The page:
Citing Fanon, he continued by noting that the moment of liberation is often the moment when a new authority sets itself up, and the moment of openness is thus very limited. Remarking on the relevance of this to the South African situation, he observed that it was instructive to compare the Freedom Charter to the Constitution, because, although the Constitution is based on the Freedom Charter, it also leaves out some of the most revolutionary aspects of the Freedom Charter.
This is related to the idea, he continued, that the functions of democracy are to “suspend revolution” and to “suspend war” (although he acknowledged that, following Foucault, we could also say that “politics is a form of war by other means”).
At this point Mbembe focused on an issue that has been at the centre of South African news stories recently, namely Julius Malema’s trial for alleged hate speech, for singing the song “Kill the Boer”. Remarking that public understanding of Malema has become a “caricature”, Mbembe posed the question why Malema arrived at court with bodyguards who were armed to the teeth and literally dressed to kill.
In an attempt to reach beyond media depictions of Malema, he recalled Malema’s personal history, a childhood of extreme material deprivation, of poverty that recalled Fanon’s notion of “wretchedness”.
Like Ngugi, who details his childhood in a recent autobiography, Malema has been born out of a life of hunger, out of what Dambudzo Marechera refers to as “the house of hunger”. While the history of democracy in South Africa has been a history of turning “the fort into the court” (Mbembe noted that the Constitutional Court building was first a fort, then a prison, then a courthouse), of turning a militarised society immersed in civil war into a more just and peaceful one, what Malema’s case emphasises is “war envy”.
According to Mbembe, the Freedom Charter and the Constitution form an “utopian archive” that has attempted to give flesh to democracy, but challenges to the democratic project in South Africa are ongoing. The first of these challenges is the rehumanisation of society and the institution of an ethical community. He noted that since 1652 in South Africa, under the effects of discourses of capitalism and race, some humans have been treated as “waste”. The task, then is to build a democracy that retrieves the human from waste.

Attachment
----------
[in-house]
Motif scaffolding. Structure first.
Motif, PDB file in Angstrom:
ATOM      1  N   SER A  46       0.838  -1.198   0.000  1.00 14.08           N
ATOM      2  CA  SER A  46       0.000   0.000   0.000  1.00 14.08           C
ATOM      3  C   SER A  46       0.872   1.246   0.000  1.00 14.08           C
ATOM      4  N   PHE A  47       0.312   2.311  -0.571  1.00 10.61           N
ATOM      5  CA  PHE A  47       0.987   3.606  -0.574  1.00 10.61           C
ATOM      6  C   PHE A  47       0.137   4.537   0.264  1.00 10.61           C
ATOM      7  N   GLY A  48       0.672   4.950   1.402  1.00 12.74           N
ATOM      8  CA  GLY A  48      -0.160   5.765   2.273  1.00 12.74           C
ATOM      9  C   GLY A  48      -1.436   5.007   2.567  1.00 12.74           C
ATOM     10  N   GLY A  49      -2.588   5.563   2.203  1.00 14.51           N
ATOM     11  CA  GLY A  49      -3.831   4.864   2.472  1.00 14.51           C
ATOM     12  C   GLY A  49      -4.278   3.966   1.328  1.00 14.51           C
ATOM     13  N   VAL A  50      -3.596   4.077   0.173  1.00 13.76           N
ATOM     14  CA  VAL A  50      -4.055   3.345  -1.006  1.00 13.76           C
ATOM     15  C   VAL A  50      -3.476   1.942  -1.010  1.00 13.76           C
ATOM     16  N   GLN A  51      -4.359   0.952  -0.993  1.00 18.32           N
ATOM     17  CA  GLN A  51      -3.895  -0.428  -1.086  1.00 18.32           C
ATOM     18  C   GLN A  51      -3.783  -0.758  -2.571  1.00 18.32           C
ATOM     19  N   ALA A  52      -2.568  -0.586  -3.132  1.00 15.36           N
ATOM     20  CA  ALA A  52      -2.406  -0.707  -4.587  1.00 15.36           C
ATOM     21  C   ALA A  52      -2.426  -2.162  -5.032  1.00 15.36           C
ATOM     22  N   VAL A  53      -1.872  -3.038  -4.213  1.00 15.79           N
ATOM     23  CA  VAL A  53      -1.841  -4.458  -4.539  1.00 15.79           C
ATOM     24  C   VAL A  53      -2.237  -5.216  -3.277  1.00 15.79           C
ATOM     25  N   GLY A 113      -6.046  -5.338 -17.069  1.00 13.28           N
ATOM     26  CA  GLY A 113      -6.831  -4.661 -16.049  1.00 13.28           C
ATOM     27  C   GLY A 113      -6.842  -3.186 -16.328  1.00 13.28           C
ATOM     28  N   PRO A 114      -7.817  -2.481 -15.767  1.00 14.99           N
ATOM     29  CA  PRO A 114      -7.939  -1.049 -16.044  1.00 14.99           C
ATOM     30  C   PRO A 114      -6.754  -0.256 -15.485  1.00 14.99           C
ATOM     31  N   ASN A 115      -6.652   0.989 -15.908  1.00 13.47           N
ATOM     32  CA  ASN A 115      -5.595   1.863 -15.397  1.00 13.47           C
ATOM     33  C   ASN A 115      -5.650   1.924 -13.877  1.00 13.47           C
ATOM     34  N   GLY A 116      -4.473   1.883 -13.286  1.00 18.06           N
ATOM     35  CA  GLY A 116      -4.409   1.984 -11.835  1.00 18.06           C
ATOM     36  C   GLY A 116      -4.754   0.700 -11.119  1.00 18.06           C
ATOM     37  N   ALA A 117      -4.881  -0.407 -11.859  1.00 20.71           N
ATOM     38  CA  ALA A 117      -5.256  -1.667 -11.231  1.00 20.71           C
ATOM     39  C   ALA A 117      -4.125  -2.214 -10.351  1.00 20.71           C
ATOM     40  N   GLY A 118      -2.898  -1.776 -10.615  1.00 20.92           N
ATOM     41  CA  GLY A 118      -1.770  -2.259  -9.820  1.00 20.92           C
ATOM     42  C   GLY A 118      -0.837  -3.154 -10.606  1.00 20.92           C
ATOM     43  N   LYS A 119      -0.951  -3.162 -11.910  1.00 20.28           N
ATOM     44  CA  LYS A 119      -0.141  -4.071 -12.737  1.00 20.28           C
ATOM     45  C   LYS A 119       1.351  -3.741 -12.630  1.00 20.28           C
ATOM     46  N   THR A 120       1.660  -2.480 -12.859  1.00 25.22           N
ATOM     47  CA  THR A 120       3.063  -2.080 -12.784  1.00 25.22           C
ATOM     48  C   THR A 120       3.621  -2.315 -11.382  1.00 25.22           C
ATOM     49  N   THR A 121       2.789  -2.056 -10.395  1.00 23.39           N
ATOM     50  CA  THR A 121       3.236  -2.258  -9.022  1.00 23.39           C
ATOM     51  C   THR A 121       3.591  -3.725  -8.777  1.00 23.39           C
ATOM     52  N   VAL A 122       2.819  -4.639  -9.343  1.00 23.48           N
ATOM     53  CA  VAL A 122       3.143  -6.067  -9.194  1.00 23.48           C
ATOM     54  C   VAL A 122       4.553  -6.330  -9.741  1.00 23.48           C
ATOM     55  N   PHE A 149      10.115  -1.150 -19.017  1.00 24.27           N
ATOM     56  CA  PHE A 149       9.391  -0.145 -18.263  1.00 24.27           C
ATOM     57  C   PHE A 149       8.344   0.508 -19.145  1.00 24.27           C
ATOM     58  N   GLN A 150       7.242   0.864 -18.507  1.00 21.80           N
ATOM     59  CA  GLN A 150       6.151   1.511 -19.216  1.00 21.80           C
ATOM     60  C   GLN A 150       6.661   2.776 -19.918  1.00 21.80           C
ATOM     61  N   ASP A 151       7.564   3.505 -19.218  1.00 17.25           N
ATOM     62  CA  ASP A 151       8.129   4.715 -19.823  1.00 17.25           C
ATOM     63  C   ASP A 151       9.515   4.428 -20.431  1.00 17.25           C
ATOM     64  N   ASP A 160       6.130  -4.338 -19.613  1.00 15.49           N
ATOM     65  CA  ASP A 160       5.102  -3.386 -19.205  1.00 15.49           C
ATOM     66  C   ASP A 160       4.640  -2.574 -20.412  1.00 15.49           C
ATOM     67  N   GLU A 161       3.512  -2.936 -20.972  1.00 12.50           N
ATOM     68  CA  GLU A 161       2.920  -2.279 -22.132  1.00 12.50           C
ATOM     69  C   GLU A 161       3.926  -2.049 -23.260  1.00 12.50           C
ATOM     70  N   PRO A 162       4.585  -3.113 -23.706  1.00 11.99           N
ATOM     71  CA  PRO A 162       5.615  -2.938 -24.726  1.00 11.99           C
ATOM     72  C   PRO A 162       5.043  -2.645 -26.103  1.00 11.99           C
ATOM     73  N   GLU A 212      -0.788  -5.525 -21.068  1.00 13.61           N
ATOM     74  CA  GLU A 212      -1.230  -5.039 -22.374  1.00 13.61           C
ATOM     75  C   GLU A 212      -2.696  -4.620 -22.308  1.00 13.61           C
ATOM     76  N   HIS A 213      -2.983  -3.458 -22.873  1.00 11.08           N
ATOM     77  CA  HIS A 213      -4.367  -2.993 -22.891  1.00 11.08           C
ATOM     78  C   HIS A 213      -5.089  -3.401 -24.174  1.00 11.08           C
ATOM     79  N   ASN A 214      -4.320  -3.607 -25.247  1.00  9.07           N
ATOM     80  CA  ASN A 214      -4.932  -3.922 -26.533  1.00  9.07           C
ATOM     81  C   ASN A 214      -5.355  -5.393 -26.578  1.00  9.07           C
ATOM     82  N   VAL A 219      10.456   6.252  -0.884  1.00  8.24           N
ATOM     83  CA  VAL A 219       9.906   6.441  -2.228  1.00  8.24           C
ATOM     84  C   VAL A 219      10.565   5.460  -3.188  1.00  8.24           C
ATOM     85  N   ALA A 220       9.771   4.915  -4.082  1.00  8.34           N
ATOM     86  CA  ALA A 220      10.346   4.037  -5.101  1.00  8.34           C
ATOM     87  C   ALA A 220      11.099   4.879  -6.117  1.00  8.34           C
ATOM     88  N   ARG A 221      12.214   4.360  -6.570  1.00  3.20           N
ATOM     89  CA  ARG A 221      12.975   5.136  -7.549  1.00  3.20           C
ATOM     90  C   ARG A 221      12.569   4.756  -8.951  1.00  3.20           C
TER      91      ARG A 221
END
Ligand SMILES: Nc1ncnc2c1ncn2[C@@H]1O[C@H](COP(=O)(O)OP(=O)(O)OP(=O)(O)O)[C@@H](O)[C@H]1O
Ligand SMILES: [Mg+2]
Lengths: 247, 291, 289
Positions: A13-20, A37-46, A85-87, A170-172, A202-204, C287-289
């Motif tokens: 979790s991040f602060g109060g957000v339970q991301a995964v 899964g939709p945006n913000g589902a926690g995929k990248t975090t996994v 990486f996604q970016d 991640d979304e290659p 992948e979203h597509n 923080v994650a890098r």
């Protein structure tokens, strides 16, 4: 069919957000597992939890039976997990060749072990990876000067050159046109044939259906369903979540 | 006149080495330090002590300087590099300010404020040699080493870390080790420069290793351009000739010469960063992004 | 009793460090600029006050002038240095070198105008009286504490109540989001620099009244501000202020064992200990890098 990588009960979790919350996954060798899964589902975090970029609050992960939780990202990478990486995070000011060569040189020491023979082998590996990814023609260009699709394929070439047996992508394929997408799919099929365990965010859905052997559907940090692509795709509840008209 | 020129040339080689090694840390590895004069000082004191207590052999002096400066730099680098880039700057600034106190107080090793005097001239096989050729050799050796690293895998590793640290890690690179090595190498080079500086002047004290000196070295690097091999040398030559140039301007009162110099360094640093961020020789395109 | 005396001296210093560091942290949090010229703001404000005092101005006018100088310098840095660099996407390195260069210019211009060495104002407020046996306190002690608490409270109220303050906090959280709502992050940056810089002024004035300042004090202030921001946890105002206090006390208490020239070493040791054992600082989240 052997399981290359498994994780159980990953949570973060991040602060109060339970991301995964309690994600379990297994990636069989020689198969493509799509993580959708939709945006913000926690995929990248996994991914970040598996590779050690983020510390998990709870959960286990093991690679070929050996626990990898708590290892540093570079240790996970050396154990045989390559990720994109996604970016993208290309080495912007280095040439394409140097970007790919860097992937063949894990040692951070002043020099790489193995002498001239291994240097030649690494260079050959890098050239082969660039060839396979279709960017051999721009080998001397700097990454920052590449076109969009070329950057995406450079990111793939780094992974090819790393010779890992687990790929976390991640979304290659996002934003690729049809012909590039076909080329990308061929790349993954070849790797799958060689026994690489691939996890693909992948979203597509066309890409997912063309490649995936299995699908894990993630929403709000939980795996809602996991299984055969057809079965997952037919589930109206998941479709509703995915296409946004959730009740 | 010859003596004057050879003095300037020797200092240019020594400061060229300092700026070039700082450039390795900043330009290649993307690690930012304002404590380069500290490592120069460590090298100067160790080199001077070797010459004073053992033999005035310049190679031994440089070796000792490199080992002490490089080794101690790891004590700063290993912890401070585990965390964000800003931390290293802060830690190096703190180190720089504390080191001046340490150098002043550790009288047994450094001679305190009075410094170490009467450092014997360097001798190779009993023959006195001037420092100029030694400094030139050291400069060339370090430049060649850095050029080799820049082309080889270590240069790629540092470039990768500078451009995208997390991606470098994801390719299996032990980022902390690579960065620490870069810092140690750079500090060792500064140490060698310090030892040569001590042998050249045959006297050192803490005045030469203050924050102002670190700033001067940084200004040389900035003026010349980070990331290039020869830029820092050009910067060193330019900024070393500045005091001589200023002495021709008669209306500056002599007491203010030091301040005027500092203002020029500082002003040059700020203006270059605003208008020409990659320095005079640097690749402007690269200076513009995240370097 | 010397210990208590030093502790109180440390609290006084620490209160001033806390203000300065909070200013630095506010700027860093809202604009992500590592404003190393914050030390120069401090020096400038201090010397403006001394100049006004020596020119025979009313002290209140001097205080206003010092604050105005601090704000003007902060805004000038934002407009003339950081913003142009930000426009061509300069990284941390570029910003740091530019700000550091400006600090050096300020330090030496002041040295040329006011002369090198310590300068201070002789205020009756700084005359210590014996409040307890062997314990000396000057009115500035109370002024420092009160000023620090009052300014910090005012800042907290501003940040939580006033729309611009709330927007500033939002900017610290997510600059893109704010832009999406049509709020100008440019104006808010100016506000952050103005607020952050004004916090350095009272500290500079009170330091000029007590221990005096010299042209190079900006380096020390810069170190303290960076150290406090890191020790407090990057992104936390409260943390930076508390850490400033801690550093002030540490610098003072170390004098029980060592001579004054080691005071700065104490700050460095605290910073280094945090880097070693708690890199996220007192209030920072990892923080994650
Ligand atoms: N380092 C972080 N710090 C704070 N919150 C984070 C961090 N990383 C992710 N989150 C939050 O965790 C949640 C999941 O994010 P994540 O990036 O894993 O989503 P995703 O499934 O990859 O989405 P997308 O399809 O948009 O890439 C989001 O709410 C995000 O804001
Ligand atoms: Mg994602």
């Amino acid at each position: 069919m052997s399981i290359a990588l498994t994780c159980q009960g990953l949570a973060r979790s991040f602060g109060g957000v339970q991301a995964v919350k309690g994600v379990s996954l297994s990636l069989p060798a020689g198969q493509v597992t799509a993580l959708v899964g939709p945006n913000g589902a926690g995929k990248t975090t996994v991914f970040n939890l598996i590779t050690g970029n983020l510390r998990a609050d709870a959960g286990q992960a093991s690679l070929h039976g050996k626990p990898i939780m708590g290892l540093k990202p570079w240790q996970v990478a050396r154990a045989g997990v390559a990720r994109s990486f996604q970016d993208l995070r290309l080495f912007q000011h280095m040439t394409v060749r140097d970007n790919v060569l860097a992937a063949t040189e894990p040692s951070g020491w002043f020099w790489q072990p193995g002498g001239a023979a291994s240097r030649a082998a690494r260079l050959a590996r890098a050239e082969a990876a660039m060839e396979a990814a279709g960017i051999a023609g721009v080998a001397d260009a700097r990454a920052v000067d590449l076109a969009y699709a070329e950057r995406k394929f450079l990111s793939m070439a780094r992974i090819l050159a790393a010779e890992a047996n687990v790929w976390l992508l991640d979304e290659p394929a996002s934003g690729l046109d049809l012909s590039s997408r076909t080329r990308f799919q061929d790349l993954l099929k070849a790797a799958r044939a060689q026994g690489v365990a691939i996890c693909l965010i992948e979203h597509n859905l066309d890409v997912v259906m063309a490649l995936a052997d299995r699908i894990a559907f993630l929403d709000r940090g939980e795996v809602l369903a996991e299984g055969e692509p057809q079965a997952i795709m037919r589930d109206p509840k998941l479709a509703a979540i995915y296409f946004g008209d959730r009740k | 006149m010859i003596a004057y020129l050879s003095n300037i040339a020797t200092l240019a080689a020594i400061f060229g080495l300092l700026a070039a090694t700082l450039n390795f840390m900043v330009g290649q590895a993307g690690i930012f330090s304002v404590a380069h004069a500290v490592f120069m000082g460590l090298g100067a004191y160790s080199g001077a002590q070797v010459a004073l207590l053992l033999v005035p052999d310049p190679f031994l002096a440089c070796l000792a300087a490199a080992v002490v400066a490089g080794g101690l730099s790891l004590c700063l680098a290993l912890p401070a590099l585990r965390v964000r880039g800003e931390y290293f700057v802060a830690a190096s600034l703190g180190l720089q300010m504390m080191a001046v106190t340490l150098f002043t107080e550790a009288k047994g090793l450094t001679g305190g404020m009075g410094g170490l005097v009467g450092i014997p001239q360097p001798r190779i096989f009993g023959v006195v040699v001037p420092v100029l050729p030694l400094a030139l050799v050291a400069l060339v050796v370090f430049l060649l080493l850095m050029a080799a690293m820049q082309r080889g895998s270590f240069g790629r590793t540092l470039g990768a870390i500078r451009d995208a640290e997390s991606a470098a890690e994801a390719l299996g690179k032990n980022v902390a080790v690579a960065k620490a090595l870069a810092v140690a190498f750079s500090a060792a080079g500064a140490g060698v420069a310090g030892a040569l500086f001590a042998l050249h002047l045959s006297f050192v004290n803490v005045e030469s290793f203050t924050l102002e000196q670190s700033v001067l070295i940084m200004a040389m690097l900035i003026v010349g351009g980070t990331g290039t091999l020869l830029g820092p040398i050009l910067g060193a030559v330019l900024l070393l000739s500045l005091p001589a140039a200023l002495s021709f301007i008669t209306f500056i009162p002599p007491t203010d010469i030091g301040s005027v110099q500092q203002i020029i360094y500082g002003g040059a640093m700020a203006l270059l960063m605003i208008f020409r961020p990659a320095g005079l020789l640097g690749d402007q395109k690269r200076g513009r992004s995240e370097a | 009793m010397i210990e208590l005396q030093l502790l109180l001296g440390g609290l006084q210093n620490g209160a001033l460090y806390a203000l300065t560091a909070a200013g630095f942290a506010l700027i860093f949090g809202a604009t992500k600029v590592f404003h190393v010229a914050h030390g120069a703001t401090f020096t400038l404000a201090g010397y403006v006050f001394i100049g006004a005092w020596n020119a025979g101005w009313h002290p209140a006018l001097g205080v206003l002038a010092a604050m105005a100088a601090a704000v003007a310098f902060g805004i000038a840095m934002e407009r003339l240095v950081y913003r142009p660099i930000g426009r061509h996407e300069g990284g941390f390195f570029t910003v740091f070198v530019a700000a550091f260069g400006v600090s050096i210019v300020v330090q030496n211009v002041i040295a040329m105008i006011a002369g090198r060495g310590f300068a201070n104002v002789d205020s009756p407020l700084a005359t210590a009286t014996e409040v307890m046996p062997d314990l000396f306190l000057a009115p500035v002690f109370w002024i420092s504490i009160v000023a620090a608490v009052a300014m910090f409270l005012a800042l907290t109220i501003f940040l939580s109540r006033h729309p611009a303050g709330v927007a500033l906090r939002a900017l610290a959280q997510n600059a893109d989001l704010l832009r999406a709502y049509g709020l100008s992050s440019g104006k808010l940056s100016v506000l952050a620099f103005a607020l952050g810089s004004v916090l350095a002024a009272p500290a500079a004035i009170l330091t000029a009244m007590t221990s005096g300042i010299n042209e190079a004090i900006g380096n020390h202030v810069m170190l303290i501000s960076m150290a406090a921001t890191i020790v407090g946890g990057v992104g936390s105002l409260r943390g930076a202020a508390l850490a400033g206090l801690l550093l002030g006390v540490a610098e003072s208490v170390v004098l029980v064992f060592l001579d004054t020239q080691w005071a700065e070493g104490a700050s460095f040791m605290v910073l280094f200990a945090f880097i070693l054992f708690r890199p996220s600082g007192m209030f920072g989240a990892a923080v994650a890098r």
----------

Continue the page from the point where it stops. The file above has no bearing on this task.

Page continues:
The second challenge to democracy that he mentioned was the issue of wealth and property. Describing some insights he had gleaned from popular media in the Cape since his departure from Wits University and his arrival at Stellenbosch University at the beginning of 2011, namely radio talk shows and newspaper letters to the editor, he noted the persistence of property and dispossession as central terms in naming and framing social issues.
He acknowledged the emergence and widening of the black middle class, of pockets of wealth and privilege, but he also commented on the life of the poor, who struggle continually to create some sense of stability and permanence in a life that is constantly shaken up by power and the vagaries of their environment.
To conclude, he asserted that liberation in South Africa had not put an end to the question of poverty, rather, it had made it more visible. He also mentioned a third challenge to democracy in South Africa, namely the question of what to do with “the stranger in our midst”.
In question time, Mbembe responded to a remark about how adventitious the timing of his talk was, coinciding as it did with the opening of Marlene van Niekerk’s coruscating play in which, it is suggested, democracy in South Africa is an abject, violent and extreme failure (Die Kortstondige Raklewe van Anastasia W). In his response, Mbembe said he had not seen Van Niekerk’s play and therefore could not comment directly on it, but as he saw things there were two options for cultural engagement in the current context: to dwell on failure or to work with the possibilities of re-engaging the future.
In a similar vein, Mbembe responded to another question by asking the question: where are the theorists of democracy in South Africa right now? Where are the people who, instead of reactively describing what is before them, try instead to re-engage the South African archive of hope and theorise intellectual and philosophical possibilities for the future within the peculiar conditions of democracy as it is being practised now? The implication, the call to intellectual action arising from Mbembe’s talk, could not have been more clear.
- Achille Mbembe, Democracy and the Ethics of Mutuality: Notes from the South African Experiment, Department of Sociology and Social Anthropology, University of Stellenbosch,14 April 2011.